Bon Scott: The mysterious death of AC/DC’s legendary frontman
Tempering his bright-eyed braggadocio somewhat, he charmed his way into the group’s affections and eventually achieved his aim, joining AC/DC as singer in late September 1974, replacing the glam rockin’ Dave Evans.
AC/DC’s brand new frontman made an immediate impact. Bon Scott sparked the blue touchpaper to fame’n’fortune. He was TNT. He was dynamite.
Bon was only in AC/DC for a little over five years; he died at age 33 on February 19, 1980. Nevertheless, this bare-chested, black-haired, garrulous’n’glowering, lewd’n’lascivious larrikin was justifiably named the greatest rock frontman of all time in a past issude of Classic Rock.
‘Bon had a riveting presence,’ we wrote. ‘He was cocky but he wasn’t conceited. He was vulgar but he wasn’t boorish. He was tough as nails but with a soft white underbelly. He was a hero, an icon, but he was also the guy next door, lying underneath a greasy motorbike with a spanner in his hand.
But don’t just take our word for it. Even today Bon is fondly remembered by many of his peers. “I knew Bon for many, many years,” Jimmy Barnes, former frontman with Oz rockers Cold Chisel, told Classic Rock. “He was a good mate of mine. When I was about 15 I used to go and see him in Fraternity [one of Bon’s pre-AC/DC outfits], who were a great rock’n’roll band. Then he had that motorbike accident that took him off the scene for a while. And when he recovered he went off to join AC/DC. I then took his place in Fraternity – which was one of the sharpest learning curves of my life. I owe a lot to Bon.
“What a lot of people don’t realise,” Barnes adds, “is that he was an R&B singer. His favourite singer was Sam Moore [of Sam & Dave]; their tones were very similar. To me, Bon brought something to AC/DC that they’ve lacked since his death – that tongue-in-cheek humour. You could never tell whether he was laughing with you, or at you. The chemistry between him and the Young brothers [guitarists Angus and Malcolm] was as good as Keith Richards and Mick Jagger… anyone, y’know? They were as menacing and as funny as anything I ever saw. And I used to see it regularly in small clubs in Australia.”
Angry Anderson, the aggressive, shaven-headed singer with Australia’s legendary Rose Tattoo, endorses Barnes’s comments: “Bon was a gypsy, a vagabond, a buccaneer, a bad boy and a rock’n’roll outlaw. He was truly a street poet, documenting in lyric and performance all that he thought, felt and cared about life. He was the only other singer I ever invited to sing with the Tatts – whenever he felt like it.”
This writer first met Bon Scott in May 1976. Sounds music weekly had taken the unprecedented step of sponsoring a fully-fledged British tour by an obscure band called AC/DC. The Down Under-based group’s UK schedule was a 19-dater that kicked off on June 11, ’76 at Glasgow City Hall, and climaxed at London’s Lyceum Ballroom (nowadays better known for housing the stage production of Disney’s The Lion King) on July 7. It was very a bold move for Sounds to lend its support to such an unknown band.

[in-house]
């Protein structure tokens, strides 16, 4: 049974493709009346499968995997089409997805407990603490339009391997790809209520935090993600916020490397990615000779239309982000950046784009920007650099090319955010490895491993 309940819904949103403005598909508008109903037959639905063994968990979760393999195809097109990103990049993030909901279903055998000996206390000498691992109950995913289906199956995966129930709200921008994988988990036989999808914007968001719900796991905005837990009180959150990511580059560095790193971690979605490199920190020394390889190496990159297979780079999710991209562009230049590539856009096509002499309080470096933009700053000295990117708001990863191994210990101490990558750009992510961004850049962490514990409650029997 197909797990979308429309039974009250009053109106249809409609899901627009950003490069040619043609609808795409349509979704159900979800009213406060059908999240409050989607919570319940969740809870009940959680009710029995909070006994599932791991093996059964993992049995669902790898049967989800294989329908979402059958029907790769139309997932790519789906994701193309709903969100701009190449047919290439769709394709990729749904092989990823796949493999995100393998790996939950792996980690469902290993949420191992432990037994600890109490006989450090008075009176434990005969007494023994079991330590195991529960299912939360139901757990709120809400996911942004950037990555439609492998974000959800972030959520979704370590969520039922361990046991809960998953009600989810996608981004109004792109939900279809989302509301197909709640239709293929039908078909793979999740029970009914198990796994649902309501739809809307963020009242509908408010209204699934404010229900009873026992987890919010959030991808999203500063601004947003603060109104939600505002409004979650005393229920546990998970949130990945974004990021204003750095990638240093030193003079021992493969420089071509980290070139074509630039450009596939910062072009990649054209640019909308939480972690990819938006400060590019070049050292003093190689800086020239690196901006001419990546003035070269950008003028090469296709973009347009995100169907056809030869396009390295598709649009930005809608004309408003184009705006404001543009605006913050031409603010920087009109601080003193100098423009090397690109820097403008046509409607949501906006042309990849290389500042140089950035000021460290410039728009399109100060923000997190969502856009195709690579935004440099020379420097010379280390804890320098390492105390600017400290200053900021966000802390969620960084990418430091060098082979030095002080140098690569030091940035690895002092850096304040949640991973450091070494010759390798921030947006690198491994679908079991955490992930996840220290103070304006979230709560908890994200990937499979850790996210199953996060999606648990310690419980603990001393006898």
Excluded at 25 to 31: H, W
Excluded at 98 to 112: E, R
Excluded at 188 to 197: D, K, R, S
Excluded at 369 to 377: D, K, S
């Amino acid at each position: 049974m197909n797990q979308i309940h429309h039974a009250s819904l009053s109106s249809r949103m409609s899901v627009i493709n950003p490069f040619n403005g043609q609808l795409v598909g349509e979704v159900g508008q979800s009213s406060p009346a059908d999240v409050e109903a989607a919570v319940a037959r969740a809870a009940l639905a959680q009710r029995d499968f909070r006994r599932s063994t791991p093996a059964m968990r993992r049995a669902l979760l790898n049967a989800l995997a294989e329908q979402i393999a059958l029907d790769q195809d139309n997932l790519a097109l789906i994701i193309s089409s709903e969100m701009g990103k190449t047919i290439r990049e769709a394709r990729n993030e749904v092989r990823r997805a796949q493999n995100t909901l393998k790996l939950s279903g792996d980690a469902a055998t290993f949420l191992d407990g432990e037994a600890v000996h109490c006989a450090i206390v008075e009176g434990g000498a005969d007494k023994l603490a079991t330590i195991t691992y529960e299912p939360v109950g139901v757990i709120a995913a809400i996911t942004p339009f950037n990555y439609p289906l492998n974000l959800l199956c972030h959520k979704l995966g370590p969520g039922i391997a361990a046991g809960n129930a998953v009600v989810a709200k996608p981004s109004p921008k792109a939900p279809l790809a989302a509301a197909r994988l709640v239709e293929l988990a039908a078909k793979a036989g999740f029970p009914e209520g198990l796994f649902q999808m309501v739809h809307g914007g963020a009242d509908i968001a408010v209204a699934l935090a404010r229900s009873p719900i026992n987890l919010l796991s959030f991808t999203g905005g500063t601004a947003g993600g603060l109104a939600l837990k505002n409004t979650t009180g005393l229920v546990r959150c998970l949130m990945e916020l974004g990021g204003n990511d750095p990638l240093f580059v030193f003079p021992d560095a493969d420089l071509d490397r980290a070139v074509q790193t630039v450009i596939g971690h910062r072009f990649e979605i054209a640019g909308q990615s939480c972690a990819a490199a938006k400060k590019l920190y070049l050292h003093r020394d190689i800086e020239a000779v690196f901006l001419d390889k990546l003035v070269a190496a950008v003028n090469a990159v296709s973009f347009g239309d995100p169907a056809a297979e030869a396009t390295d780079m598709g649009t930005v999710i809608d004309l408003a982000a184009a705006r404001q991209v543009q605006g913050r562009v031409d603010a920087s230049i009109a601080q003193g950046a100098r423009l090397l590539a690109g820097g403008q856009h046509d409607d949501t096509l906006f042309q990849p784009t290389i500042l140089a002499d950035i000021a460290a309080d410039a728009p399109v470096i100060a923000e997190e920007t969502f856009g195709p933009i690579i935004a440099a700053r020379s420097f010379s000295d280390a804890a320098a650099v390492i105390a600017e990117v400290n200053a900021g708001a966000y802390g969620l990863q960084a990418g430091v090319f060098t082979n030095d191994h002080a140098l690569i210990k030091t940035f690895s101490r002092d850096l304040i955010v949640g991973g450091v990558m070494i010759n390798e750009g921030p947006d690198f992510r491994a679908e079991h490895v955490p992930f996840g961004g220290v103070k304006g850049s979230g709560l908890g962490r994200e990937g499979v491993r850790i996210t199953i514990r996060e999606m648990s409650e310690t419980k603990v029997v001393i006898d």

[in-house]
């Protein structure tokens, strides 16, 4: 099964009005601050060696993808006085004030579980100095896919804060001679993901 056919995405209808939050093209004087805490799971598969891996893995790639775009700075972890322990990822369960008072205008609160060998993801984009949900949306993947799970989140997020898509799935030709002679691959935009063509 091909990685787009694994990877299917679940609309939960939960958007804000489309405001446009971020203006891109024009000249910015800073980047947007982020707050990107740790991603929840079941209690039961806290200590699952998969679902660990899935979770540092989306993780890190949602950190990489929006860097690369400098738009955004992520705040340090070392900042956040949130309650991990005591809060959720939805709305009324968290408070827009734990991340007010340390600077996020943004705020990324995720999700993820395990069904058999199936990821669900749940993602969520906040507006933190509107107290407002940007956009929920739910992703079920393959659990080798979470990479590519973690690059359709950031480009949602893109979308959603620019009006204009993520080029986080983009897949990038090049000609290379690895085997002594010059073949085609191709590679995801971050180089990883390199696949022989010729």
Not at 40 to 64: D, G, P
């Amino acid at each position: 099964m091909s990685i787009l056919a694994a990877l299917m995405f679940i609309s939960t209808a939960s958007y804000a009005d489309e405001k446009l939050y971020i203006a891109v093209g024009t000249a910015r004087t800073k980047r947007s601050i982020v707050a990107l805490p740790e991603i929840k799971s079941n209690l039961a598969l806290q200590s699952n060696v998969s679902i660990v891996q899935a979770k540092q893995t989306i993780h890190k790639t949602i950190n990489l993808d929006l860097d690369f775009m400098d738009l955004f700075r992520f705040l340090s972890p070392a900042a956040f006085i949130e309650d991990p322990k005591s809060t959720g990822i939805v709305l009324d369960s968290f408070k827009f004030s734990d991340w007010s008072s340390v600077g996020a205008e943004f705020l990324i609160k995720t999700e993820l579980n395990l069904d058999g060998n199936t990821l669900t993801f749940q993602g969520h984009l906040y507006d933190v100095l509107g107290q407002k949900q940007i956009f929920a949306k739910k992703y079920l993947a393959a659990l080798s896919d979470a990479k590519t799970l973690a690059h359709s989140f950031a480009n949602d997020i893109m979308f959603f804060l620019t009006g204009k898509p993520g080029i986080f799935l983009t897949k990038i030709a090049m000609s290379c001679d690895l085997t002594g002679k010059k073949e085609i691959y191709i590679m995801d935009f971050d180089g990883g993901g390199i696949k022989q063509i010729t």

“I remember being invited by Atlantic [then AC/DC’s record label] to see a film – they weren’t called videos then – of Angus and friends taken in Australia,” remembers Alan Lewis, who was Editor of Sounds at the time. “And I was so blown away that it seemed like a no-brainer – that term wasn’t around then either! – to get behind them.”
Before the so-called Sounds-AC/DC ‘Lock Up Your Daughters Summer Tour’ started, I was invited to a low-key club gig the band had arranged at the Retford Porterhouse, just outside Nottingham. Prior to that show, I had also been to see AC/DC at London’s Marquee (in those days in Wardour Street). ‘If your face doesn’t break out into an epidemic of smiles during the opening bars of the band’s set, you must be a manic depressive,’ ran the enthusiastic report.
Returning home from Retford in the back of AC/DC’s van, my abiding memory is of a booze-sodden Bon Scott falling asleep on the rickety seat alongside me, cradling an empty brandy bottle lovingly in his arms.
By the time we got back to AC/DC’s rented house in Barnes, west London, as dawn was breaking, Bon was rousing from his stupor; his cheeky flashing eyes were beginning to become alive and alert once more.
But fewer than four years later, sozzled out of his brain while on board an entirely different vehicle, Bon would fall asleep and never wake up again.
Almost 25 years after Bon Scott’s death, there are still many unexplained events that surround it.
The story that everyone knows is this: after spending Christmas 1979 in Australia, Bon was in London in the New Year, working up songs for the next AC/DC studio album, the follow-up to Highway To Hell. He was living in a flat in Ashley Court, Victoria, London, with his new Japanese girlfriend, Anna Baba. Also in the frame was Bon’s former girlfriend, Australian Margaret ‘Silver’ Smith, a renowned heroin user and dealer who was a familiar figure in London’s then thriving rock’n’roll scene.
Author Clinton Walker relates the following story in his biography Highway To Hell: The Life & Times Of AC/DC Legend Bon Scott:
‘On Monday evening, February 18, 1980, Bon phoned Silver Smith to invite her along to see a band at Dingwalls in Camden, north London. Silver declined, but said she had a friend – Alistair (sometimes spelled Alasdair) Kinnear – who would be delighted to accompany him. In the end, Bon and Kinnear ended up at the Music Machine, a venue just down the road from Dingwalls at the bottom end of Camden High Street, near Mornington Crescent Tube station.’